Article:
Irish Traditional Session News

In Santa Barbara, California, & wherever our friends are playing
 

  Regular Irish music sessions in the Santa Barbara area and wherever our friends are:

Session at Muddy Waters

A Muddy Waters session in summer 2007,
and one at The James Joyce, summer 1998.

Santa Barbara: Sorry, there’s currently no regular session in Santa Barbara.

Agoura Hills: The session at Brendan’s Irish Pub and Restaurant is now every 1st Thursday from 6–9 p.m., and it’s probably fine to stay later. Location: Brendan’s Irish Restaurant & Pub, 30315 Canwood Street, Agoura Hills, CA, located just off the 101 freeway at Reyes Adobe. Google Map: Brendan’s Irish Pub and Restaurant.

San Luis Obispo: The session is now at SloCo Pasty Company, 1032 Chorro St., every Wednesday evening from 6:00 p.m. to 9:00 p.m. It’s across the street from the SLO Mission, with free street parking after 6:00 p.m. and a parking lot around the corner (entrance on Palm St.). For more information, contact SloCo Pasty Company at 805-540-7278. Google map: SloCo Pasty Company.

Ashland, Oregon: The Black Sheep Pub, 51 North Main St., has a session on Sundays from 2 p.m. to 5 p.m. For more information, contact the Black Sheep Pub at 541-482-6414. The pub is on the I-5 freeway corridor, conveniently located for those traveling between the Seattle/Portland area and the SF/LA area.

Several sessions are happening in the Los Angeles area:

  • The Lash in Los Angeles has a session hosted by uilleann piper Patrick D’Arcy and fiddler Kira Ott, Sundays 8:00–11:00 p.m. The Lash, 117 Winston St., Los Angeles, 213-687-7723. Map to The Lash.
     
  • Timmy Nolan’s in Toluca Lake (Burbank) has a session Tuesdays 8:00–11:00 p.m. hosted by Patrick D’Arcy and Dan Conroy. Timmy Nolan’s, 10111 Riverside Dr., Toluca Lake, 818-985-3359. Map to Timmy Nolan’s.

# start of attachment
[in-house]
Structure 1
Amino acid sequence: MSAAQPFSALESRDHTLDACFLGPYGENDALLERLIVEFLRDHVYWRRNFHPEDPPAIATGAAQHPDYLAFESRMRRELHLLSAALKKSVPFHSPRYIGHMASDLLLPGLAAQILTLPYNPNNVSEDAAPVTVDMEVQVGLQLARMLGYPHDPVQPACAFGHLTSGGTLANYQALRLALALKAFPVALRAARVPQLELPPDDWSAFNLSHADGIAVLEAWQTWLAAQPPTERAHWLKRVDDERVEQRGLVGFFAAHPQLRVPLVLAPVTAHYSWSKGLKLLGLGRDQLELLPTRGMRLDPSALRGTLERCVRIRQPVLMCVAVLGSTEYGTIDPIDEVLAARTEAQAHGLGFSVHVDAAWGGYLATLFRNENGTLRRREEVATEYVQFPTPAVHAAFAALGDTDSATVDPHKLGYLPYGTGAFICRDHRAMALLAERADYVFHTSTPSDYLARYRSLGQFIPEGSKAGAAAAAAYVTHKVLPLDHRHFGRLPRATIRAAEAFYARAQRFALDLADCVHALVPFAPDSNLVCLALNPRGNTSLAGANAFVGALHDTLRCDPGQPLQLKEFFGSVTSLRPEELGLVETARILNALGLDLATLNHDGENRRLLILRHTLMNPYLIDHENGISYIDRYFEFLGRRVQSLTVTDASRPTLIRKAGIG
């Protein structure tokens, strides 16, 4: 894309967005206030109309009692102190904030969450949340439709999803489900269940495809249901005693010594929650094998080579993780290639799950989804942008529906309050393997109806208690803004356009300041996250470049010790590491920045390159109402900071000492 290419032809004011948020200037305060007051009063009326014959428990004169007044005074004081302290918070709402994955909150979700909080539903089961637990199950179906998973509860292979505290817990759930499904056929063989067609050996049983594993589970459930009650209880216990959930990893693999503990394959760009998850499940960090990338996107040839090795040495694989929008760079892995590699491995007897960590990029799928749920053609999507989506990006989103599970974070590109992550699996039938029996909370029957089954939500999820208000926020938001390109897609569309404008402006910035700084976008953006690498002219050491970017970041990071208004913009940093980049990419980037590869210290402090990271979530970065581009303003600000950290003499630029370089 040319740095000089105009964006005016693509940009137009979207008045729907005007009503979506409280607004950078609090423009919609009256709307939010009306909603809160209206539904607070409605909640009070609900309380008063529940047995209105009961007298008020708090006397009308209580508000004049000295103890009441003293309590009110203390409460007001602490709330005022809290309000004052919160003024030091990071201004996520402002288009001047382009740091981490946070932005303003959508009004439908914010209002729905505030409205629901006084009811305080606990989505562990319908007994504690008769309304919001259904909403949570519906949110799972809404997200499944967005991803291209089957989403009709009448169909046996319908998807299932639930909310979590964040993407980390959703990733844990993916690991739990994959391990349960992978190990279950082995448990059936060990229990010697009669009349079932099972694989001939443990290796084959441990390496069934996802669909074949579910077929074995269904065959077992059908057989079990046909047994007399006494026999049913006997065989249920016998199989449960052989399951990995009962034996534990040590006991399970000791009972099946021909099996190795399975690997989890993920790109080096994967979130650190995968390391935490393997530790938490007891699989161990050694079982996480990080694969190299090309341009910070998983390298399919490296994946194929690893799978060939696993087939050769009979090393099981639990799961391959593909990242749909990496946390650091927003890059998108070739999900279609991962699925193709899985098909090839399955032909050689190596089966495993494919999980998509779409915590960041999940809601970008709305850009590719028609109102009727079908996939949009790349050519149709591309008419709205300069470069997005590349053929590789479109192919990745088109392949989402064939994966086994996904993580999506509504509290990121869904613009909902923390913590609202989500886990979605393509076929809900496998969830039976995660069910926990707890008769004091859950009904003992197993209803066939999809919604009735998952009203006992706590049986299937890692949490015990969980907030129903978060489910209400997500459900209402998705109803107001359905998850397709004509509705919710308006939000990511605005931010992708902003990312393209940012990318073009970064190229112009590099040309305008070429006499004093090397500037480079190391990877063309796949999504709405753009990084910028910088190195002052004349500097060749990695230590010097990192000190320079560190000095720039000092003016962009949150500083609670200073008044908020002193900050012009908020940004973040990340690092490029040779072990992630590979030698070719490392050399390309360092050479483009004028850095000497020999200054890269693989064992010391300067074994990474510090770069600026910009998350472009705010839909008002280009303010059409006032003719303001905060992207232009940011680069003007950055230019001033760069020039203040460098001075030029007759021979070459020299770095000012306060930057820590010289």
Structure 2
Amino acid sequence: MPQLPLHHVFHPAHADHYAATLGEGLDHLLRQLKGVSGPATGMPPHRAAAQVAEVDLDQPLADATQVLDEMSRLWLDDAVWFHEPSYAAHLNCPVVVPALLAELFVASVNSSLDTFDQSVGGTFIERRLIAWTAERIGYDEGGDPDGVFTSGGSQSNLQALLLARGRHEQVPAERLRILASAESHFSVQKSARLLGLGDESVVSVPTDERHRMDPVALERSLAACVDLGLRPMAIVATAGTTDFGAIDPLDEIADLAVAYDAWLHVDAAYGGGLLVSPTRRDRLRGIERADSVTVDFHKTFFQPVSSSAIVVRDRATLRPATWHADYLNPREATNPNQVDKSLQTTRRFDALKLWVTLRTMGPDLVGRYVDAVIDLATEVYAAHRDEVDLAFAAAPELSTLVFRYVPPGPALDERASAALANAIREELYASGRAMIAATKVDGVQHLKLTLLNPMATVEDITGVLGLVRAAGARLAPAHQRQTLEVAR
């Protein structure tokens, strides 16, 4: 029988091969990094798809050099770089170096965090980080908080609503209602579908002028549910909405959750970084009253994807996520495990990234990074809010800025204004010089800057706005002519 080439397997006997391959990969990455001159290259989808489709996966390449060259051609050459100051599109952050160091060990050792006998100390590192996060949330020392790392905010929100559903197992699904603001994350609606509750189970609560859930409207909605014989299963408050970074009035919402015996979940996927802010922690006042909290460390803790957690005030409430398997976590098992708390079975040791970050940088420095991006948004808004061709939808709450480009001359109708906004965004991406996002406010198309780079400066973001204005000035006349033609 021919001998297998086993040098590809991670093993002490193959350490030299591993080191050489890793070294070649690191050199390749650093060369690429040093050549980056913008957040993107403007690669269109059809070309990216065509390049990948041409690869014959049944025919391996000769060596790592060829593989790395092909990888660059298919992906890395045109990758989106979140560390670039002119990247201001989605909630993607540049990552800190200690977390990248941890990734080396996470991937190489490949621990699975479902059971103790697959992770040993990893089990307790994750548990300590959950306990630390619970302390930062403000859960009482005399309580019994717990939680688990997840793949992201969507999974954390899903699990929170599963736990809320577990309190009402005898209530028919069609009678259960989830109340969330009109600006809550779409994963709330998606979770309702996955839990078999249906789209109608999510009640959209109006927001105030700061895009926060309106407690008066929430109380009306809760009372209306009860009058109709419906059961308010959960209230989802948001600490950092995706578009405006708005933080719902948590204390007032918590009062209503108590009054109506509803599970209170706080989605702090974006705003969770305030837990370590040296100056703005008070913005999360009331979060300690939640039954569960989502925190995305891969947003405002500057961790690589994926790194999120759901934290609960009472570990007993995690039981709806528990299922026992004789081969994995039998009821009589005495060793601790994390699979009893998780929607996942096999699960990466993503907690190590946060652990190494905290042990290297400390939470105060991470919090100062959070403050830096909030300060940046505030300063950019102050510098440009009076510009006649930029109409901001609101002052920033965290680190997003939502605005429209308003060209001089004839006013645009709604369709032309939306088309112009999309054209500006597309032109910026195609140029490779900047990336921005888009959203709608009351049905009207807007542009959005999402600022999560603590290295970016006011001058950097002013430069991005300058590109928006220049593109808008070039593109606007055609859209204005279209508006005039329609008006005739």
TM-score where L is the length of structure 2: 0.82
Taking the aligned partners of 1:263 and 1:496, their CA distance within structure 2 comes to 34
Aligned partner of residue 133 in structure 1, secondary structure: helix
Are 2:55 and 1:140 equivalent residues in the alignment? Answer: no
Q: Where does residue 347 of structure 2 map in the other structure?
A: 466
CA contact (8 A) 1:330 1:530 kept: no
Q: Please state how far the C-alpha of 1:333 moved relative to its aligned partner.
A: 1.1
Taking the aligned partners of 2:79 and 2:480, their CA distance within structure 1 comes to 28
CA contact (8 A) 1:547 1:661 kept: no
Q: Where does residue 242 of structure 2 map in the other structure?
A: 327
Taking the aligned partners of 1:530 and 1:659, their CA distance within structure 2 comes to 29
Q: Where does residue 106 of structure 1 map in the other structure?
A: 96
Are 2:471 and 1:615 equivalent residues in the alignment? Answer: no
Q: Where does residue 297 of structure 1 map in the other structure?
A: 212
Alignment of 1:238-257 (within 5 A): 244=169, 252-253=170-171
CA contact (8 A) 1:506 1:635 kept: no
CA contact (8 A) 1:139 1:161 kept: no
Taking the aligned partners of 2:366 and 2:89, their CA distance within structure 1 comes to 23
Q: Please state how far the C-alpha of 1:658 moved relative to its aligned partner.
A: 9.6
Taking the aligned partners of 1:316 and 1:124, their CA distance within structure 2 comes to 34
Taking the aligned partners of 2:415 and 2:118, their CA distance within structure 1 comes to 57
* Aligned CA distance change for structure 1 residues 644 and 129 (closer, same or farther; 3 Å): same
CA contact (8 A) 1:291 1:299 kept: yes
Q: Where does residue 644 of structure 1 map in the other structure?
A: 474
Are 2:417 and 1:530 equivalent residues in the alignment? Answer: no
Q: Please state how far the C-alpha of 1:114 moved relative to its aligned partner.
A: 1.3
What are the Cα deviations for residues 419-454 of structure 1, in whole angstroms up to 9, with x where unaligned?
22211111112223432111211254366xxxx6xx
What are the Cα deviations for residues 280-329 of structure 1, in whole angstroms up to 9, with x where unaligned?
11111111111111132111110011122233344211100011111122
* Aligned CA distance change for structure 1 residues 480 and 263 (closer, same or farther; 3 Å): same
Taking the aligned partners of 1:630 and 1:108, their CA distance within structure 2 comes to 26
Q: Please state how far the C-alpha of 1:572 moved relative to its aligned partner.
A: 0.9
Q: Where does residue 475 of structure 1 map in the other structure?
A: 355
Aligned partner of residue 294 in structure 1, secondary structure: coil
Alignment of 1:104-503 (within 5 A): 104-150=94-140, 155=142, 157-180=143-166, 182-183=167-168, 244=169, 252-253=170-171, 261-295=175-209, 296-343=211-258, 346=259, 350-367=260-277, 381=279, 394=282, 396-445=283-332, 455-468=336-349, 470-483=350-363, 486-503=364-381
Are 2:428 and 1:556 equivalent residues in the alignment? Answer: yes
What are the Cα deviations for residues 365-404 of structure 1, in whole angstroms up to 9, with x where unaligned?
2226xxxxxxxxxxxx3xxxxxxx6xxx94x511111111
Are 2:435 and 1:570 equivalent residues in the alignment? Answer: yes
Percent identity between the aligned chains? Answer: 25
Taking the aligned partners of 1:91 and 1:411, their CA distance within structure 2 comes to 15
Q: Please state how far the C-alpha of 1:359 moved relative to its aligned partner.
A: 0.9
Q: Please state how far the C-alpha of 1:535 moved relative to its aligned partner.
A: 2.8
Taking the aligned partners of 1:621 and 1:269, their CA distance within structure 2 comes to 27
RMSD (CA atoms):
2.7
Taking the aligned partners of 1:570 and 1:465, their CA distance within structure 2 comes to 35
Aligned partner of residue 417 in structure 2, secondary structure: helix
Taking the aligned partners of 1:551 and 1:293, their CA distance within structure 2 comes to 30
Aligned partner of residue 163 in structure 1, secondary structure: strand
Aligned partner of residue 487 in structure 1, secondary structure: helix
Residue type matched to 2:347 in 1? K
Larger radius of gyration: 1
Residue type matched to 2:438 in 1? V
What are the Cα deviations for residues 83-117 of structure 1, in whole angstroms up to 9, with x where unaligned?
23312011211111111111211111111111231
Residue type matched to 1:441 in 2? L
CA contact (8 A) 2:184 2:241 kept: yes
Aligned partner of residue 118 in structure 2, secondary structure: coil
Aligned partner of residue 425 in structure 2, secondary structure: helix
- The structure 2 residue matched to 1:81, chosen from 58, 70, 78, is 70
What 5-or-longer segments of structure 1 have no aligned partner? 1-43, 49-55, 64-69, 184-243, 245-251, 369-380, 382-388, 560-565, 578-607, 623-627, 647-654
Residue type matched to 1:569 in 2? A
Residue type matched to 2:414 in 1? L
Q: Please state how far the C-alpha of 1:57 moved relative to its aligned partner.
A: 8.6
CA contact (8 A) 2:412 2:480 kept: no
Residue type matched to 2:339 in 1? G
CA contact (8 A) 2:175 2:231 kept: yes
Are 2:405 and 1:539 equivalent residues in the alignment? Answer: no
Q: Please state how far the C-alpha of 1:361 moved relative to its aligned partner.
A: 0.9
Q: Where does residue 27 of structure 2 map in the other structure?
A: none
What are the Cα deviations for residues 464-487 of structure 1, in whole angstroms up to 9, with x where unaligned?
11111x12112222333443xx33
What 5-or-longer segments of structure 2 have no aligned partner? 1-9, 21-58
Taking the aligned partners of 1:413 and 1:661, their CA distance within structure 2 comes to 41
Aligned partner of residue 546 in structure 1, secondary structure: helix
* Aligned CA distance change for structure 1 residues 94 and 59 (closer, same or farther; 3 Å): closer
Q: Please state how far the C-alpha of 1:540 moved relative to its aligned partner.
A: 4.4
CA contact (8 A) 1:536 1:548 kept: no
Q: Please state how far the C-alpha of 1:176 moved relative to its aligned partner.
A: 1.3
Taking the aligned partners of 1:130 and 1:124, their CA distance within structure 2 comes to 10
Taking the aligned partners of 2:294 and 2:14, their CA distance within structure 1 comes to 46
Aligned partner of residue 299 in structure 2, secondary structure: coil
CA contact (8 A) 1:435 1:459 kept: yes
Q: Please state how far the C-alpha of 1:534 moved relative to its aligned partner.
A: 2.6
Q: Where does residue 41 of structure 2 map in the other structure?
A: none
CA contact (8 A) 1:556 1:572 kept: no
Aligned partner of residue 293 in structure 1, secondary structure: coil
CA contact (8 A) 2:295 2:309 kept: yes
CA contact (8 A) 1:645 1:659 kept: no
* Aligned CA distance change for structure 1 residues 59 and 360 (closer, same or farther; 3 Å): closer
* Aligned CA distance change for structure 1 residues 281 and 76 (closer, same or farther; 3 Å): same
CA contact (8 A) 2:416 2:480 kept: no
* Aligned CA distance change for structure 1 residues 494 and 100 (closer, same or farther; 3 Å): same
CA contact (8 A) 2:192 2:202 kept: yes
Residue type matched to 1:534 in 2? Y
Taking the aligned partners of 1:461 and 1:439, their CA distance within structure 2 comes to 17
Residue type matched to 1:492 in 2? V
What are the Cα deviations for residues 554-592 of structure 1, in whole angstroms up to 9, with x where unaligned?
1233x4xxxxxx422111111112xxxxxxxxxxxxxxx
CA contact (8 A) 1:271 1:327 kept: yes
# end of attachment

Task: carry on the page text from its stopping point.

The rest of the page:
• O’Brien’s Irish Pub & Restaurant in Santa Monica has a session Sundays 7:30–11 p.m. O’Brien’s, 2226 Wilshire Blvd., Santa Monica, 310-829-5303. Map to O’Brien’s.
     
  • The Celtic Arts Center hosts a session every Monday night 9–11:30 p.m., very friendly and inclusive and social. There’s also an Irish Dance workshop every Monday night from 8–9 p.m. The Celtic Arts Center is at T. U. Studios (Theatre Unlimited), 10943 Camarillo Street, North Hollywood, CA 91602. That’s just east of where Camarillo Street crosses Lankershim Blvd. and Vineland Ave. in the middle of the NoHo Arts District. Map to Celtic Arts Center, and Google’s Street View.
     
  • Auld Dubliner in Long Beach also has a session on Sundays from 4 to 7 p.m. Auld Dubliner, 71 S. Pine Ave., Long Beach, 562-437-8300. Map to Auld Dubliner.

Social Aspects of Sessions: Stewart Hendrickson’s Session Etiquette page is recommended reading for those wishing to avoid embarrassment. He’s also written about the history of session playing, which is more recent than we might have thought.

Wikipedia describes the social, cultural and musical aspects of the Irish traditional music session, including this charming quote from Barry Foy’s Field Guide to the Irish Music Session: “… a gathering of Irish traditional musicians for the purpose of celebrating their common interest in the music by playing it together in a relaxed, informal setting, while in the process generally beefing up the mystical cultural mantra that hums along uninterruptedly beneath all manifestations of Irishness worldwide.”

Tunes: The Session has links to sessions, tunes in ABC and traditional staff notation, as well as discussions and info about the music and recordings. “The exchange of tunes is what keeps traditional Irish music alive. This website is one way of passing on jigs, reels and other dance tunes. Some of the tunes are well known, and some are more obscure. It’s this mixture of the familiar and the new that makes for a good session.”
     To search for a session, click the “Search” tab at the top of the Sessions page. Important: Click the “Comments” tab above a session listing to see the latest info about the listed session – the info on the Details tab is likely out-of-date.

Andrew Kuntz’s The Fiddler’s Companion is a valuable index of tunes and tales for performers looking for something to say to introduce the next tune. Many of the entries give the history of the tune, a list of printed and recorded sources, and one or more versions in ABC notation. See The Earl’s Chair, for example.